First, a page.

Chip shortage expected to cost auto industry $210 billion

The semiconductor chip shortage that’s roiled the global car market is now expected to cost the industry $210 billion in revenue this year, consulting firm AlixPartners said Thursday.

The revised forecast is nearly double the New York-based firm’s projections from May, when it expected to see $110 billion in lost revenue due to the shortage.

Semiconductor chips are a critical component in new cars that power features ranging from entertainment systems to power steering and brakes.

Supply has been constrained during the COVID-19 pandemic due to shutdowns at factories amid outbreaks as well as surging consumer demand for electronics that use the chips.

“Of course, everyone had hoped that the chip crisis would have abated more by now, but unfortunate events such as the COVID-19 lockdowns in Malaysia and continued problems elsewhere have exacerbated things,” said Mark Wakefield, global co-leader of the automotive and industrial practice at AlixPartners.

Semiconductor chips power features ranging from entertainment systems to power steering and brakes.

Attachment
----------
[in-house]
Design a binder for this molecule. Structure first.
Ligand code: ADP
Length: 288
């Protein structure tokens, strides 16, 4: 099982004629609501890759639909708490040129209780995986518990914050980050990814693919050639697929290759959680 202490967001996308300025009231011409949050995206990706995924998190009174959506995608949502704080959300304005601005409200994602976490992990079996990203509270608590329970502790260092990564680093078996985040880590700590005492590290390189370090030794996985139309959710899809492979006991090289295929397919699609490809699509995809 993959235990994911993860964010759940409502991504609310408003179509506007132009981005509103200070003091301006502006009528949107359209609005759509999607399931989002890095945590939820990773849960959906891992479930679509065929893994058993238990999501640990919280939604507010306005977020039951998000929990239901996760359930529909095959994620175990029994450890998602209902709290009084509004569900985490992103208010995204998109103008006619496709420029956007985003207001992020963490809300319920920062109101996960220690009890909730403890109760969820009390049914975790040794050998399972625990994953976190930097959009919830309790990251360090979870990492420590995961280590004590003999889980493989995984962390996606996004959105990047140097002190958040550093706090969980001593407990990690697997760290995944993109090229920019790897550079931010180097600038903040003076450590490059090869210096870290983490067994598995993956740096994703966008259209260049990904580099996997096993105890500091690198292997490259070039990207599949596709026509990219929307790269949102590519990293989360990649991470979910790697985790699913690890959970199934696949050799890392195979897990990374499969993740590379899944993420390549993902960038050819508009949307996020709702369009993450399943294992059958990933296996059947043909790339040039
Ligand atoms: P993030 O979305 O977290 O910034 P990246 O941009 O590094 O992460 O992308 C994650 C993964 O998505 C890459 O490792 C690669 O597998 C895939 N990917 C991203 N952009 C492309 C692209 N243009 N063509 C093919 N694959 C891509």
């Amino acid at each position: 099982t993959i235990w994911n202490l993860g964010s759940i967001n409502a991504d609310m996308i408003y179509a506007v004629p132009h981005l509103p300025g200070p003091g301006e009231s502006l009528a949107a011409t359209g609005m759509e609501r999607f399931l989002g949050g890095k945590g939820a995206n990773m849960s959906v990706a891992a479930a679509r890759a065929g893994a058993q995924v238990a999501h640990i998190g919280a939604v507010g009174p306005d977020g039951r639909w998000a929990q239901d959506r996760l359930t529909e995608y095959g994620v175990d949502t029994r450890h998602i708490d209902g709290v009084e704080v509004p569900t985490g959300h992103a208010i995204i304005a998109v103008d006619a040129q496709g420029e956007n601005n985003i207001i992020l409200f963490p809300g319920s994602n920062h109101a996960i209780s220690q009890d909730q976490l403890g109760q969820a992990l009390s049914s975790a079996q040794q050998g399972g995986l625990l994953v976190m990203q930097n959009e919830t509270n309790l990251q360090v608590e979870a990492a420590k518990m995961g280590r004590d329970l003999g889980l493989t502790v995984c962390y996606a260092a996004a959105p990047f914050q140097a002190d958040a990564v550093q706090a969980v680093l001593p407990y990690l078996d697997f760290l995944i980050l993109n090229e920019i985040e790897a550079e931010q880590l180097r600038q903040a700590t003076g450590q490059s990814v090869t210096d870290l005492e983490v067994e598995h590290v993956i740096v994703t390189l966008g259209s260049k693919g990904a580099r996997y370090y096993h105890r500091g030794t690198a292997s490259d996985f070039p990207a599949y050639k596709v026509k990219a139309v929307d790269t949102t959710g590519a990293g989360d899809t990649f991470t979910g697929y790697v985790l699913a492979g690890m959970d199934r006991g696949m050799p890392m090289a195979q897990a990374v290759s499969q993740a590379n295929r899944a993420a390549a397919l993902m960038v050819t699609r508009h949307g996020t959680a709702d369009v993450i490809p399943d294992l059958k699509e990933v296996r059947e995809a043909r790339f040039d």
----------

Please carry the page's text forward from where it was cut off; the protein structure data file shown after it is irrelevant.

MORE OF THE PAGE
Alamy Stock Photo

On top of the chip shortage, the industry’s grappling with economy-wide issues like a lack of workers and a steel shortage, Wakefield added.

“There’s no room for error for automakers and suppliers right now; they need to calculate every alternative and make sure they’re undertaking only the best options,” he said in a statement.

The group said it’s now forecasting that 7.7 million units of production will be lost in 2021, up from 3.9 million in its forecast published in May.

New Ford F-Series pickup trucks are stored in a lot.
An estimated 7.7 million units of production will be lost in 2021 due to the shortage.
Jeffrey Scott Dean/Bloomberg via Getty Images

Major automakers, including Ford and General Motors, have warned investors that the chip shortage could hurt their earnings, and have continued to deal with limited production capacity.

While there’s still no end in sight for the shortage, the companies have managed to make up for the higher costs thanks to strong demand for new cars and surging prices.

The White House is exploring ways to alleviate the shortage. Commerce Secretary Gina Raimondo and White House National Economic Council director Brian Deese are expected to meet with companies Thursday about the issue.

President Joe Biden (C) speaks during a CEO Summit on Semiconductor and Supply Chain Resilience.
The White House is exploring ways to alleviate the shortage, asking Congress to approve $52 billion in spending to increase US production of semiconductor microchips.
Amr Alfiky/Pool/Getty Images

Executives from Detroit’s Big Three automakers as well as Apple, Daimler, Micron, Microsoft, Samsung and others are expected at the meeting.

The White House has previously said it wants Congress to approve $52 billion in spending to increase US production of semiconductor chips.